Photo: Alaska volcano, from Alaska Volcano Plan, cover.
It seems the majority of cases involve the Boeing 747. Why is that? Before we got smart about detecting volcano eruptions and getting the word out to the aviation community, the Boeing 747 was the world's primary long distance traveller in areas where volcanic ash was likely. Any aircraft is at risk.
[Aeronautical Information Manual, ¶7-6-9]
The USGS report acknowledges that this list comprises a minimum number, since these reports are not made consistently.
There have been nine encounters with Volcanic Ash of transport category aircraft between 1953 and 2009, according to the USGS:
[USGS, Table 1]
The USGS estimates there have been 94 known ash encounters of severity 1 to 4. Three were severe enough to involve the loss of all engines and 26 created severe damage.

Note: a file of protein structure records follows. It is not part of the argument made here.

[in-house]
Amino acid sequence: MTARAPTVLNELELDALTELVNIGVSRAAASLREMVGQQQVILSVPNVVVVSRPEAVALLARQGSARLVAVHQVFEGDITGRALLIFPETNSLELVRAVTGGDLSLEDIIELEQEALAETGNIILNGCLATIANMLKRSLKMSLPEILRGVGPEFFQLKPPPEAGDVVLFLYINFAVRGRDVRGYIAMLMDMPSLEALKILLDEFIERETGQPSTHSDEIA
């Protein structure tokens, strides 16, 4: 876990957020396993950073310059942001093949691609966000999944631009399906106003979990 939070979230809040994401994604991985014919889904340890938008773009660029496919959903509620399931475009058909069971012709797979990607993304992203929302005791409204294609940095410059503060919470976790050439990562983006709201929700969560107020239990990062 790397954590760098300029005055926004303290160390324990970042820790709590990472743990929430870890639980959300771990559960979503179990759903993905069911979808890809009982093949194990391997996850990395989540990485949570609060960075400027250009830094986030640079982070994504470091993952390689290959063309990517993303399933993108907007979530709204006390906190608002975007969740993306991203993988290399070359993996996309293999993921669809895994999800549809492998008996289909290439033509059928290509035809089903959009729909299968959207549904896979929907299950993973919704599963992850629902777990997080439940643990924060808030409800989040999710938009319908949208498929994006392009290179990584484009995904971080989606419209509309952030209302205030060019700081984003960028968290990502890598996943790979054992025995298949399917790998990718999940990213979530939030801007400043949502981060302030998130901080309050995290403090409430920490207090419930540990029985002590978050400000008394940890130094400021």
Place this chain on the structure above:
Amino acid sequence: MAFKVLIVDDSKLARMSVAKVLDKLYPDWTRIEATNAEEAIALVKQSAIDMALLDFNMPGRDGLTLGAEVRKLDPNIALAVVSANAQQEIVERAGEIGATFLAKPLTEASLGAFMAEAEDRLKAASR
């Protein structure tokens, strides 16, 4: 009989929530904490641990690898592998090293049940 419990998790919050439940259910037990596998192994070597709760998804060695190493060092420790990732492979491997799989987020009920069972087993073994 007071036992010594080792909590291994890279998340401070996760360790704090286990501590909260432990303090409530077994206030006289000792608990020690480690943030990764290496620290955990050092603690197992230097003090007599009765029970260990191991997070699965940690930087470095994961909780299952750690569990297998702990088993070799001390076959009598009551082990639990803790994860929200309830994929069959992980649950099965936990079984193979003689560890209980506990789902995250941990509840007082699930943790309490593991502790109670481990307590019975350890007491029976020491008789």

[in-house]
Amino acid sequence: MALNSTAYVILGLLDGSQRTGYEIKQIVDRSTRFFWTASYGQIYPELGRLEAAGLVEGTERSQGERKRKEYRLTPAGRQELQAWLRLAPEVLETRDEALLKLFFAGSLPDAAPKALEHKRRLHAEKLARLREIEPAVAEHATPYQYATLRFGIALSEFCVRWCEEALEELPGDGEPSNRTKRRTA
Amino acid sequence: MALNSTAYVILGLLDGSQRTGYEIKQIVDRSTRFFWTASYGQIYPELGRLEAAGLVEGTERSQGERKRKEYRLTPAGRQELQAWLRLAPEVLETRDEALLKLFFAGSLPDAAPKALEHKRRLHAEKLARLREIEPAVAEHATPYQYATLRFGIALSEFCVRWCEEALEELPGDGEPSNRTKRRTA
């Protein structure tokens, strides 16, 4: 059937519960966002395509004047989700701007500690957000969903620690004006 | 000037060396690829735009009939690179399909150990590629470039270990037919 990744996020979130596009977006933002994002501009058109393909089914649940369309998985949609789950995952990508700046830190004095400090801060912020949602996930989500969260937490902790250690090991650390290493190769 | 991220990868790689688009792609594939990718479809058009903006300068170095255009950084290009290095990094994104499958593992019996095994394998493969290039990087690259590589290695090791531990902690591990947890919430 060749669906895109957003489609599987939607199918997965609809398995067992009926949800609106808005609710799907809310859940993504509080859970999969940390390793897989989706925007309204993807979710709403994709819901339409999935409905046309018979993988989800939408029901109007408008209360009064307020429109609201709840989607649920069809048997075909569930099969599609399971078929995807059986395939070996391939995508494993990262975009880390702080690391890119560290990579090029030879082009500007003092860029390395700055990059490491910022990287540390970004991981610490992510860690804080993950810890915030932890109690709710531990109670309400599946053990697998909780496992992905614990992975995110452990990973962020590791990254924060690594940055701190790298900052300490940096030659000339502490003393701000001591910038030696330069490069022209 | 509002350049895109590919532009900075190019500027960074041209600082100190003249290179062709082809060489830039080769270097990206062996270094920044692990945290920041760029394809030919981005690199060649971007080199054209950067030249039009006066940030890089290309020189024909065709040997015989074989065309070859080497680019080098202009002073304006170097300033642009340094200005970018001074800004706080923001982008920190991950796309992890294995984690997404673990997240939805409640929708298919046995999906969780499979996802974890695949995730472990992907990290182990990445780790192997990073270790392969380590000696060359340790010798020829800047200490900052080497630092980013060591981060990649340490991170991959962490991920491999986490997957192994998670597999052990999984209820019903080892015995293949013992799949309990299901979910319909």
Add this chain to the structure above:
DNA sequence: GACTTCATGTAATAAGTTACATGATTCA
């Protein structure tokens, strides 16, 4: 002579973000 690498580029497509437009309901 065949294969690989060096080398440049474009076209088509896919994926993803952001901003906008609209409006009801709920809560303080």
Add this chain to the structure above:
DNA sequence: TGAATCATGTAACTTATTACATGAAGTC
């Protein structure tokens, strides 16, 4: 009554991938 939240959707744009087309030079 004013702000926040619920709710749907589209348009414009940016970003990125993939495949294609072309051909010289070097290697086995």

[USGS, pg. 3] Melting and resolidification of ash within jet turbine engines have been identified as the primary mechanisms responsible for engine failure in an ash encounter. The melting temperature of the magmatic silicate glass in ash is lower than the operating temperatures of modern turbine engines; consequently, ingested ash particles can melt in hot sections and then accumulate as re-solidified deposits in cooler parts of the engine, causing ignition flame-out and engine shutdown. In two encounters ranked as class 4, climb out from the cloud at maximum thrust was identified as a key operational condition for engine shutdown. When engine power increased, more ash-laden air was ingested by the jet turbines and combustion temperatures were raised; thus, conditions favorable for substantial melting of ash particles were met. This lesson has been incorporated into guidance to pilots about recommended actions to take during an encounter.